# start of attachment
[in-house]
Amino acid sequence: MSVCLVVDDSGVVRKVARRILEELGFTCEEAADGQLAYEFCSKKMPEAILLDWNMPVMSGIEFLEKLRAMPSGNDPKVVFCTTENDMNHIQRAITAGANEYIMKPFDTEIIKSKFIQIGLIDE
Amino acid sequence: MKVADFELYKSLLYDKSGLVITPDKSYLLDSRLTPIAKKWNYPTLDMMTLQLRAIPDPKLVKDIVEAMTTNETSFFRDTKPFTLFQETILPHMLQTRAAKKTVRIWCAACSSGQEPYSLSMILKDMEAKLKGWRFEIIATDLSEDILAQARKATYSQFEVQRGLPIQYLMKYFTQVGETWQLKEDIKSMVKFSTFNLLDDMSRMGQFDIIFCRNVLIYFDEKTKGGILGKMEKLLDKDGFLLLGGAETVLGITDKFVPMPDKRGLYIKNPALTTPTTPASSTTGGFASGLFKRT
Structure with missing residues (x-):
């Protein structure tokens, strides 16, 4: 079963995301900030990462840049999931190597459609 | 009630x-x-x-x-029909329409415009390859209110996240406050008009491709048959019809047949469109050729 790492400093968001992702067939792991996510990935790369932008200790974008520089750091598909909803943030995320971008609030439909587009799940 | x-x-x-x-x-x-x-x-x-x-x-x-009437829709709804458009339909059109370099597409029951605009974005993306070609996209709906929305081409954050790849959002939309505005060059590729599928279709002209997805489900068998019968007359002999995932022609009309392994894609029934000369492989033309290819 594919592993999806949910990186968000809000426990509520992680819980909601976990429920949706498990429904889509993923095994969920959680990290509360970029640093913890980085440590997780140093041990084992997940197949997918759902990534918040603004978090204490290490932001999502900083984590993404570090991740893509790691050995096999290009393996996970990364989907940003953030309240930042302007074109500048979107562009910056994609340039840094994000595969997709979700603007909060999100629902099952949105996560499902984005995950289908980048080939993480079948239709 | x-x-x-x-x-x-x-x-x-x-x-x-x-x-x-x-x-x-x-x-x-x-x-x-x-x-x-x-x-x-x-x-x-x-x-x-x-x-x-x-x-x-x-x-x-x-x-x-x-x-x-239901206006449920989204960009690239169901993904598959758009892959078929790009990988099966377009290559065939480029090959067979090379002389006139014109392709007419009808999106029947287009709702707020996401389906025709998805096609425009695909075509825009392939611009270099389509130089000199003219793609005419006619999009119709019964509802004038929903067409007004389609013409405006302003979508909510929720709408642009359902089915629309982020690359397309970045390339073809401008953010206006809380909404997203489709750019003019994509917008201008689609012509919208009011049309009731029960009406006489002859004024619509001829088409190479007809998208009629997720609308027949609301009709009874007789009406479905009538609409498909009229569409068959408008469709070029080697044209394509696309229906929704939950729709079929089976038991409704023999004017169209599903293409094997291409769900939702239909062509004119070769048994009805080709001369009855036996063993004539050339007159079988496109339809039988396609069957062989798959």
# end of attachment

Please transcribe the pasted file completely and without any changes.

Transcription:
[in-house]
Amino acid sequence: MSVCLVVDDSGVVRKVARRILEELGFTCEEAADGQLAYEFCSKKMPEAILLDWNMPVMSGIEFLEKLRAMPSGNDPKVVFCTTENDMNHIQRAITAGANEYIMKPFDTEIIKSKFIQIGLIDE
Amino acid sequence: MKVADFELYKSLLYDKSGLVITPDKSYLLDSRLTPIAKKWNYPTLDMMTLQLRAIPDPKLVKDIVEAMTTNETSFFRDTKPFTLFQETILPHMLQTRAAKKTVRIWCAACSSGQEPYSLSMILKDMEAKLKGWRFEIIATDLSEDILAQARKATYSQFEVQRGLPIQYLMKYFTQVGETWQLKEDIKSMVKFSTFNLLDDMSRMGQFDIIFCRNVLIYFDEKTKGGILGKMEKLLDKDGFLLLGGAETVLGITDKFVPMPDKRGLYIKNPALTTPTTPASSTTGGFASGLFKRT
Structure with missing residues (x-):
């Protein structure tokens, strides 16, 4: 079963995301900030990462840049999931190597459609 | 009630x-x-x-x-029909329409415009390859209110996240406050008009491709048959019809047949469109050729 790492400093968001992702067939792991996510990935790369932008200790974008520089750091598909909803943030995320971008609030439909587009799940 | x-x-x-x-x-x-x-x-x-x-x-x-009437829709709804458009339909059109370099597409029951605009974005993306070609996209709906929305081409954050790849959002939309505005060059590729599928279709002209997805489900068998019968007359002999995932022609009309392994894609029934000369492989033309290819 594919592993999806949910990186968000809000426990509520992680819980909601976990429920949706498990429904889509993923095994969920959680990290509360970029640093913890980085440590997780140093041990084992997940197949997918759902990534918040603004978090204490290490932001999502900083984590993404570090991740893509790691050995096999290009393996996970990364989907940003953030309240930042302007074109500048979107562009910056994609340039840094994000595969997709979700603007909060999100629902099952949105996560499902984005995950289908980048080939993480079948239709 | x-x-x-x-x-x-x-x-x-x-x-x-x-x-x-x-x-x-x-x-x-x-x-x-x-x-x-x-x-x-x-x-x-x-x-x-x-x-x-x-x-x-x-x-x-x-x-x-x-x-x-239901206006449920989204960009690239169901993904598959758009892959078929790009990988099966377009290559065939480029090959067979090379002389006139014109392709007419009808999106029947287009709702707020996401389906025709998805096609425009695909075509825009392939611009270099389509130089000199003219793609005419006619999009119709019964509802004038929903067409007004389609013409405006302003979508909510929720709408642009359902089915629309982020690359397309970045390339073809401008953010206006809380909404997203489709750019003019994509917008201008689609012509919208009011049309009731029960009406006489002859004024619509001829088409190479007809998208009629997720609308027949609301009709009874007789009406479905009538609409498909009229569409068959408008469709070029080697044209394509696309229906929704939950729709079929089976038991409704023999004017169209599903293409094997291409769900939702239909062509004119070769048994009805080709001369009855036996063993004539050339007159079988496109339809039988396609069957062989798959």